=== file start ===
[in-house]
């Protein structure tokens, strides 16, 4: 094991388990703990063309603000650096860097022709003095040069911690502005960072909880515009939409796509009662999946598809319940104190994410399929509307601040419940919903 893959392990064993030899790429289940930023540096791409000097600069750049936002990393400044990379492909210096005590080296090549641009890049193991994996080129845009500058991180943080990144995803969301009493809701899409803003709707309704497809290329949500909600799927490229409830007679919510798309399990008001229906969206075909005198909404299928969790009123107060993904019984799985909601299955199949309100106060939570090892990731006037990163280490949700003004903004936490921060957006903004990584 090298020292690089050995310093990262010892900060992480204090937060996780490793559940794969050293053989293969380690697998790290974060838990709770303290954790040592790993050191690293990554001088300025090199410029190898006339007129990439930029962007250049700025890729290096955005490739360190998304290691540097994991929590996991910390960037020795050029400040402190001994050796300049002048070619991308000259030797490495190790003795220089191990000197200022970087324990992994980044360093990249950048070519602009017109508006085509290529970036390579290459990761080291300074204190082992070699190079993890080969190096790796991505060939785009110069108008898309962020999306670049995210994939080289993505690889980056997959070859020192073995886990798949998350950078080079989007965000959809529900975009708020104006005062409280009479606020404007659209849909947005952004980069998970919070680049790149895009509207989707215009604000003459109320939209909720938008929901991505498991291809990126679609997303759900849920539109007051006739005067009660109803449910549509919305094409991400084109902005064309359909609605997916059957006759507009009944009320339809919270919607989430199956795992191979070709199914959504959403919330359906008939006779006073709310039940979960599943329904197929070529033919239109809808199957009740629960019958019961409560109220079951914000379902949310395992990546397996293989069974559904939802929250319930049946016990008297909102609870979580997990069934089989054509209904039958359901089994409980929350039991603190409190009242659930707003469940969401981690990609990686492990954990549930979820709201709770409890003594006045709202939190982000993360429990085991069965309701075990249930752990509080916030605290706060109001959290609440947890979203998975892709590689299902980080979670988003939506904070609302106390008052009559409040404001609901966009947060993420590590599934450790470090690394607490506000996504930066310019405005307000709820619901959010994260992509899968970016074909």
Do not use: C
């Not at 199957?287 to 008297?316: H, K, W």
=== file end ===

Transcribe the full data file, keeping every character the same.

[in-house]
């Protein structure tokens, strides 16, 4: 094991388990703990063309603000650096860097022709003095040069911690502005960072909880515009939409796509009662999946598809319940104190994410399929509307601040419940919903 893959392990064993030899790429289940930023540096791409000097600069750049936002990393400044990379492909210096005590080296090549641009890049193991994996080129845009500058991180943080990144995803969301009493809701899409803003709707309704497809290329949500909600799927490229409830007679919510798309399990008001229906969206075909005198909404299928969790009123107060993904019984799985909601299955199949309100106060939570090892990731006037990163280490949700003004903004936490921060957006903004990584 090298020292690089050995310093990262010892900060992480204090937060996780490793559940794969050293053989293969380690697998790290974060838990709770303290954790040592790993050191690293990554001088300025090199410029190898006339007129990439930029962007250049700025890729290096955005490739360190998304290691540097994991929590996991910390960037020795050029400040402190001994050796300049002048070619991308000259030797490495190790003795220089191990000197200022970087324990992994980044360093990249950048070519602009017109508006085509290529970036390579290459990761080291300074204190082992070699190079993890080969190096790796991505060939785009110069108008898309962020999306670049995210994939080289993505690889980056997959070859020192073995886990798949998350950078080079989007965000959809529900975009708020104006005062409280009479606020404007659209849909947005952004980069998970919070680049790149895009509207989707215009604000003459109320939209909720938008929901991505498991291809990126679609997303759900849920539109007051006739005067009660109803449910549509919305094409991400084109902005064309359909609605997916059957006759507009009944009320339809919270919607989430199956795992191979070709199914959504959403919330359906008939006779006073709310039940979960599943329904197929070529033919239109809808199957009740629960019958019961409560109220079951914000379902949310395992990546397996293989069974559904939802929250319930049946016990008297909102609870979580997990069934089989054509209904039958359901089994409980929350039991603190409190009242659930707003469940969401981690990609990686492990954990549930979820709201709770409890003594006045709202939190982000993360429990085991069965309701075990249930752990509080916030605290706060109001959290609440947890979203998975892709590689299902980080979670988003939506904070609302106390008052009559409040404001609901966009947060993420590590599934450790470090690394607490506000996504930066310019405005307000709820619901959010994260992509899968970016074909």
Do not use: C
């Not at 199957?287 to 008297?316: H, K, W």